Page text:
All equine heroes of the road were not stage teams, and every cowboy and rancher – and usually his lady – boasted of a personal, special horse. To the good “horse sense” of these western cow-horses may be attributed many escapes from disaster. One young woman used to travel all over the Lake Fork country with her horse and buggy, or surrey, often fording streams when bridges had been washed out. One day, during high water, she was starting across a bridge at the top of the falls above Lake City. Her mare did not want to cross, but she finally went over, hastily and carefully. The horse had barely left the bridge, when it washed out and was gone, carried downstream by the spring floods.

    Many times this spring runoff took out most of the bridges, leaving only railroad trestles as a means of crossing a stream. One spring, when high water had taken out every wagon bridge from Gateview to Lake City, a pioneer ranch woman found it necessary to go to Lake City, eight miles away. She made most of her cash from peddling vegetables, butter and eggs during the summer months, and since she had a large family to provide for, she felt she could not put off the trip.

    Taking her two steadiest horses, she loaded her spring wagon with vegetables and drove off into the flood at a fording place. The water swirled up through the wagon box, carrying sacks of peas, heads of lettuce, bunches of carrots and other vegetables out of the wagon and down stream. The family dog, who had been taught to retrieve sticks from the river, darted in to drag the articles ashore. The poor animal was completely bewildered, however, when he grabbed sacks of peas, only to have the paper bags disintegrate in his mouth and release the pods to float on away from him.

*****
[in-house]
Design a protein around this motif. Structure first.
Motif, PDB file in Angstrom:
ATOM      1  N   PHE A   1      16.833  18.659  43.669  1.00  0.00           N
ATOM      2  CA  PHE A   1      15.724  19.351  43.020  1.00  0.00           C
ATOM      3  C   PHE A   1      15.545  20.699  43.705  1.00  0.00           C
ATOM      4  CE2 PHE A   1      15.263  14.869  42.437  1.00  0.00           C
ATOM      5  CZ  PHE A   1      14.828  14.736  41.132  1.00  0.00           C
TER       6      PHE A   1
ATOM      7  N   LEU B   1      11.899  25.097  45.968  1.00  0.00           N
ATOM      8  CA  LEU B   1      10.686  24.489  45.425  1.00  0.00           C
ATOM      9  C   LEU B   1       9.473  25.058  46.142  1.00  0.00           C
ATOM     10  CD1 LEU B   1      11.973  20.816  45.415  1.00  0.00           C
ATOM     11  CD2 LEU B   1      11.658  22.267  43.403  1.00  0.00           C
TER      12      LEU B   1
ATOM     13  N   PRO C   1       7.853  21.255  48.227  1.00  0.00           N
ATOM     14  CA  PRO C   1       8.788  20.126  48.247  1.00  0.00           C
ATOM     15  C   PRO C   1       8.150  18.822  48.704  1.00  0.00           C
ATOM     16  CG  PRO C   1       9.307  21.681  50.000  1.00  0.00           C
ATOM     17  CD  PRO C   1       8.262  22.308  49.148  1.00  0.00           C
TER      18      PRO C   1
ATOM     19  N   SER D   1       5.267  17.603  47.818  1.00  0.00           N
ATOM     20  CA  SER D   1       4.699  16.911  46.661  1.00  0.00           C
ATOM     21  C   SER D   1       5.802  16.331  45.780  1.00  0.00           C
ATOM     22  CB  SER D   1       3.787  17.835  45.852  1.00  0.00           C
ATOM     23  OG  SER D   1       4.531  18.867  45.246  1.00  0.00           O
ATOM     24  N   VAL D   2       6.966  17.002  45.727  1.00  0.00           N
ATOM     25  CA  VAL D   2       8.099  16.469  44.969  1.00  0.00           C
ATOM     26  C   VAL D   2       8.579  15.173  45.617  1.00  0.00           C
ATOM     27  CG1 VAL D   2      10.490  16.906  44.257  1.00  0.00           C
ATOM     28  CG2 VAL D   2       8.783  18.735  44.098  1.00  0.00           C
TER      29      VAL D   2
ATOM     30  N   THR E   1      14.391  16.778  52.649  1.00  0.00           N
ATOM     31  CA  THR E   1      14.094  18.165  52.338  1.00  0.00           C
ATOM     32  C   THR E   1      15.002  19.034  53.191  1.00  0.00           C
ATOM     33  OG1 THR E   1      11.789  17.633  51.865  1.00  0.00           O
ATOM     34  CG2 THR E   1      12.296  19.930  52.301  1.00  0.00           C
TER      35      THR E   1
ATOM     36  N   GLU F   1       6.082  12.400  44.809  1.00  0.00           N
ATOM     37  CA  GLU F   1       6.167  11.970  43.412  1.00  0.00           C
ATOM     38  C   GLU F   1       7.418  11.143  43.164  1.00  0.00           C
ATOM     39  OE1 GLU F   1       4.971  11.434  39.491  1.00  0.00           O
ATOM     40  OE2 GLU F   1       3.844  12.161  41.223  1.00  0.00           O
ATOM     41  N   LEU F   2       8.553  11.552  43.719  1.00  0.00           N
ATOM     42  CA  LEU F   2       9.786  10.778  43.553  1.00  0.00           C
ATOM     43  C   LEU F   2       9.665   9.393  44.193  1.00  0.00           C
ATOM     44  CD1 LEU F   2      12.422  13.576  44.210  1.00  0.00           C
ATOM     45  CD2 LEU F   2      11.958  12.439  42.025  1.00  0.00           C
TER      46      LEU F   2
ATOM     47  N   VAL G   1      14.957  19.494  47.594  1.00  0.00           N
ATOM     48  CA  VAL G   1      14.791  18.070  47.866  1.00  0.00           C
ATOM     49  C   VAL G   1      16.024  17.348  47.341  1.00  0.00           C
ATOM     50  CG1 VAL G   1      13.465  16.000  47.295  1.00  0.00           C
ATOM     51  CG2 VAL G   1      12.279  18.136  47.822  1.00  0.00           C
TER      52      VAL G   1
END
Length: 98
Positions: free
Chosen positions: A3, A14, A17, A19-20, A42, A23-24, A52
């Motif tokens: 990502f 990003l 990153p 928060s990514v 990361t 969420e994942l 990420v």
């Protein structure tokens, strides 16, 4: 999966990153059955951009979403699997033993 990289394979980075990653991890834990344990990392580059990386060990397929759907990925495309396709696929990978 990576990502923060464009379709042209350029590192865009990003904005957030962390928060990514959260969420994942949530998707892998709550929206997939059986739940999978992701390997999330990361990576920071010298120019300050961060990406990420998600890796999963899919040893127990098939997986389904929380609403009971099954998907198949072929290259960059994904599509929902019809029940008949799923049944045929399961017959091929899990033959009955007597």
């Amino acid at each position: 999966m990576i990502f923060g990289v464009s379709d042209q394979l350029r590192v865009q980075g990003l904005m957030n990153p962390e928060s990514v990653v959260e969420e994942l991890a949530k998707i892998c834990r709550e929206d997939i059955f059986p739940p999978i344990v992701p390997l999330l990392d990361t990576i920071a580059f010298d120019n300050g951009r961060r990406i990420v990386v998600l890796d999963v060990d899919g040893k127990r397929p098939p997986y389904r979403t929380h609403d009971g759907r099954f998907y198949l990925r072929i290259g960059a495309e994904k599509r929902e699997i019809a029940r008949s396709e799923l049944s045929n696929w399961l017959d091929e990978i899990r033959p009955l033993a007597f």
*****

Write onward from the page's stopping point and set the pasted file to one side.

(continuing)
The crossing was finally made, and the widow went on to town with whatever produce she had left. When it was time to go home, the warm day had swelled the stream even more, and, after taking a look at the ford, she decided to return by the only route left open to her: over the 125-foot-high High Bridge of the Denver and Rio Grande Railroad. She would not let her children ride across with her, but made them get out and walk over; but she drove her team across the trestle, the wheels of the wagon going bump-bump-bump on the ties, the horses glancing skittishly from side to side as they stepped carefully over the unfamiliar span.


    Many later-to-be-prominent ranchers got their start with a few head of scraggly cattle that had run wild from the Indian herds, and a handful of mavericks often were a basis for the enterprising cowpuncher on his road to prosperity. Unbranded stock were fair game; even the Indian agents sometimes looked the other way when a hungry prospector brought down a “slow elk” with his rifle. But to avoid wholesale appropriation by budding stockmen, the Agency finally branded all government stock with the U.S.I.D. (United States Indian Department), which the witty editor of a frontier journal promptly dubbed “You steal and I divide.”